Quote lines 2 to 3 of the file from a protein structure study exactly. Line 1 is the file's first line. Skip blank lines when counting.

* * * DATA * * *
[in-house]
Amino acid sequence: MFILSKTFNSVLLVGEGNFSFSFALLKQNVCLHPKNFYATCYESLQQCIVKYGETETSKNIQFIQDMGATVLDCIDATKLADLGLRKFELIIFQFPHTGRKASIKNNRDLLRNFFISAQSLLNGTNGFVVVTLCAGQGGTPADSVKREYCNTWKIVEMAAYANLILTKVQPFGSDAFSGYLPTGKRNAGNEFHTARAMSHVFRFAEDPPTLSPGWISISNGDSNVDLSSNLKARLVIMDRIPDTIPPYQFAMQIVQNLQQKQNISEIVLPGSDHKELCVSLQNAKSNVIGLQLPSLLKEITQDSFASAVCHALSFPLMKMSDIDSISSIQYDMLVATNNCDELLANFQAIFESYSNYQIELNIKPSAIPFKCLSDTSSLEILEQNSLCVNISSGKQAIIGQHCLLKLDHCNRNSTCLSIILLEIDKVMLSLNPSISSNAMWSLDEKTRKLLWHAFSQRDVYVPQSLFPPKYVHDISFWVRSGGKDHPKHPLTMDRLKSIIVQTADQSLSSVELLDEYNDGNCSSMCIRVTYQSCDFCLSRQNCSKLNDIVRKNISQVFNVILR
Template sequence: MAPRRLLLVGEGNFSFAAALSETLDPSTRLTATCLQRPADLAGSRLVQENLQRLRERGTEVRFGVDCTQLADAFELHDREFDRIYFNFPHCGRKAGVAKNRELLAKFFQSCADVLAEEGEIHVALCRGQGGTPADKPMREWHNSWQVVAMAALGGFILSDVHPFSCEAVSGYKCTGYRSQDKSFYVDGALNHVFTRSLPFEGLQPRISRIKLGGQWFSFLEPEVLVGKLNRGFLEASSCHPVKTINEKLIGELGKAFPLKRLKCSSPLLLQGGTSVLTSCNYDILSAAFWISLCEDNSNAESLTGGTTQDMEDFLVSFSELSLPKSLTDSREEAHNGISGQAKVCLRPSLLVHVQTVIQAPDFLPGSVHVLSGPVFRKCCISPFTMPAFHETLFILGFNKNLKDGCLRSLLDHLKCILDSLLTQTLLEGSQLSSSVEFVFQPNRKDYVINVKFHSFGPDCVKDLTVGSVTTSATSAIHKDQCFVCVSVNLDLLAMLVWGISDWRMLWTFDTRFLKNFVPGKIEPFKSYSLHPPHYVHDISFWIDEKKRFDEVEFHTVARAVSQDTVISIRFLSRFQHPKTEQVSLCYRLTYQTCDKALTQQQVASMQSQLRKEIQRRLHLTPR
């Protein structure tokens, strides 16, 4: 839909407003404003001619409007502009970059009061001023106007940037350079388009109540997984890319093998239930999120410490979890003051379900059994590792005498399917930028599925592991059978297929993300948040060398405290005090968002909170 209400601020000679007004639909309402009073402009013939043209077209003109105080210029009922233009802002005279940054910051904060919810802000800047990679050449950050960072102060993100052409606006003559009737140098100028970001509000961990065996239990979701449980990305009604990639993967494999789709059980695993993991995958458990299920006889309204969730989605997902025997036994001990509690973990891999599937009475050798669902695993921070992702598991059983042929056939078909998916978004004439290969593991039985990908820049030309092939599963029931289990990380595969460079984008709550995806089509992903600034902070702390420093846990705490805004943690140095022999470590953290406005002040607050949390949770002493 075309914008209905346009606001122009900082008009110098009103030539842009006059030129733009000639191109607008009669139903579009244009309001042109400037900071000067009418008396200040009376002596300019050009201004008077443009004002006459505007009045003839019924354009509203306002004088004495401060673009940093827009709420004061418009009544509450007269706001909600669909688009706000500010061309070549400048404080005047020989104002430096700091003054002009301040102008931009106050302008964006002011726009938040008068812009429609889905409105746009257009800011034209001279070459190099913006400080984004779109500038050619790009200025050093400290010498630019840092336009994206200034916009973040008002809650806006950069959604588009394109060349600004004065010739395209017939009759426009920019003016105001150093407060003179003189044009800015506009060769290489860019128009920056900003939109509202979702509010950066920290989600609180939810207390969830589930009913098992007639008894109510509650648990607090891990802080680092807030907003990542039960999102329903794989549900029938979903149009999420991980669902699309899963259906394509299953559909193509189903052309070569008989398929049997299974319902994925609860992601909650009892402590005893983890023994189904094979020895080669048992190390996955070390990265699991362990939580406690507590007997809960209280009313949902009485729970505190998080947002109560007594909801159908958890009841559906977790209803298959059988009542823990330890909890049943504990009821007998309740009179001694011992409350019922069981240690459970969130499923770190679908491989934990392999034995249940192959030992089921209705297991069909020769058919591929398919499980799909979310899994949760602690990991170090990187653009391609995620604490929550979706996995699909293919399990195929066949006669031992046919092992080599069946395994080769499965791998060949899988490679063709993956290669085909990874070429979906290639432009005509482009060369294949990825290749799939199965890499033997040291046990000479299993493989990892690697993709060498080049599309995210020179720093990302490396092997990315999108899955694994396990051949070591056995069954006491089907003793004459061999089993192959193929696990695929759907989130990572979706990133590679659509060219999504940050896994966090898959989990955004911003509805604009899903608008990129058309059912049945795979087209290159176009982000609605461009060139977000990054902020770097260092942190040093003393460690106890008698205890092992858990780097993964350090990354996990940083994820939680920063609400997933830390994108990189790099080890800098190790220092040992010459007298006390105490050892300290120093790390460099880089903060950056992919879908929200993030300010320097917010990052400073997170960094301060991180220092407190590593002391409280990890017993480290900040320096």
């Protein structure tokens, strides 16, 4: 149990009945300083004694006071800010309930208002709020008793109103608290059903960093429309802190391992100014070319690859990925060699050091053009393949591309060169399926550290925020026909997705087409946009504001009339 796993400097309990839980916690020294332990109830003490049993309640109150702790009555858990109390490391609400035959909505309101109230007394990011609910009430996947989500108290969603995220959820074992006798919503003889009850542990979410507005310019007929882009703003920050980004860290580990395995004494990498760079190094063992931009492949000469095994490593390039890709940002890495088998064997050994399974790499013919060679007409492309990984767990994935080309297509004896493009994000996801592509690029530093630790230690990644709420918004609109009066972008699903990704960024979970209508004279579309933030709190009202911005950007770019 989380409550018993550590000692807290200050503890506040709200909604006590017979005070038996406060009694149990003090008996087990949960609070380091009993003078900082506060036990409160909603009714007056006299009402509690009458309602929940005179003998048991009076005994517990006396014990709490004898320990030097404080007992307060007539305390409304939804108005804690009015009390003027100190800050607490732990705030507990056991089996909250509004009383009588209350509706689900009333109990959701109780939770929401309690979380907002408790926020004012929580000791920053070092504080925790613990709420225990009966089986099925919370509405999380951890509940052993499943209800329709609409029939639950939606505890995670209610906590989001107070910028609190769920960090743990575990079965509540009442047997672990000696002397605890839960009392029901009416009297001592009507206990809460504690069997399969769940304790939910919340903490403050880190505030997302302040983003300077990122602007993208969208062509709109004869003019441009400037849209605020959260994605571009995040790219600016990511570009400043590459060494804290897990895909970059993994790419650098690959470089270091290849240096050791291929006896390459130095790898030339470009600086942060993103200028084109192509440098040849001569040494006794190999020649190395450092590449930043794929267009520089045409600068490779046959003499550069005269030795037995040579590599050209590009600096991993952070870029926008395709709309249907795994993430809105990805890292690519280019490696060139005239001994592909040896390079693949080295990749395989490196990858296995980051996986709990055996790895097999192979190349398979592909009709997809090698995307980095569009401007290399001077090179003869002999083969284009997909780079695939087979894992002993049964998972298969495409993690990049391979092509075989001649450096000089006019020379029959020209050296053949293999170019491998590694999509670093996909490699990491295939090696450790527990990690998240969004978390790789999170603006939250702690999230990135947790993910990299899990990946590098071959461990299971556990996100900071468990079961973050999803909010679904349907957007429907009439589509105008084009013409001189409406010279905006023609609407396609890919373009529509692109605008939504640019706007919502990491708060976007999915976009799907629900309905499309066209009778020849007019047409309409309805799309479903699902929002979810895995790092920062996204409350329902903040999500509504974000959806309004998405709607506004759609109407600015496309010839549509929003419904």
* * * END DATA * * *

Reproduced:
Amino acid sequence: MFILSKTFNSVLLVGEGNFSFSFALLKQNVCLHPKNFYATCYESLQQCIVKYGETETSKNIQFIQDMGATVLDCIDATKLADLGLRKFELIIFQFPHTGRKASIKNNRDLLRNFFISAQSLLNGTNGFVVVTLCAGQGGTPADSVKREYCNTWKIVEMAAYANLILTKVQPFGSDAFSGYLPTGKRNAGNEFHTARAMSHVFRFAEDPPTLSPGWISISNGDSNVDLSSNLKARLVIMDRIPDTIPPYQFAMQIVQNLQQKQNISEIVLPGSDHKELCVSLQNAKSNVIGLQLPSLLKEITQDSFASAVCHALSFPLMKMSDIDSISSIQYDMLVATNNCDELLANFQAIFESYSNYQIELNIKPSAIPFKCLSDTSSLEILEQNSLCVNISSGKQAIIGQHCLLKLDHCNRNSTCLSIILLEIDKVMLSLNPSISSNAMWSLDEKTRKLLWHAFSQRDVYVPQSLFPPKYVHDISFWVRSGGKDHPKHPLTMDRLKSIIVQTADQSLSSVELLDEYNDGNCSSMCIRVTYQSCDFCLSRQNCSKLNDIVRKNISQVFNVILR
Template sequence: MAPRRLLLVGEGNFSFAAALSETLDPSTRLTATCLQRPADLAGSRLVQENLQRLRERGTEVRFGVDCTQLADAFELHDREFDRIYFNFPHCGRKAGVAKNRELLAKFFQSCADVLAEEGEIHVALCRGQGGTPADKPMREWHNSWQVVAMAALGGFILSDVHPFSCEAVSGYKCTGYRSQDKSFYVDGALNHVFTRSLPFEGLQPRISRIKLGGQWFSFLEPEVLVGKLNRGFLEASSCHPVKTINEKLIGELGKAFPLKRLKCSSPLLLQGGTSVLTSCNYDILSAAFWISLCEDNSNAESLTGGTTQDMEDFLVSFSELSLPKSLTDSREEAHNGISGQAKVCLRPSLLVHVQTVIQAPDFLPGSVHVLSGPVFRKCCISPFTMPAFHETLFILGFNKNLKDGCLRSLLDHLKCILDSLLTQTLLEGSQLSSSVEFVFQPNRKDYVINVKFHSFGPDCVKDLTVGSVTTSATSAIHKDQCFVCVSVNLDLLAMLVWGISDWRMLWTFDTRFLKNFVPGKIEPFKSYSLHPPHYVHDISFWIDEKKRFDEVEFHTVARAVSQDTVISIRFLSRFQHPKTEQVSLCYRLTYQTCDKALTQQQVASMQSQLRKEIQRRLHLTPR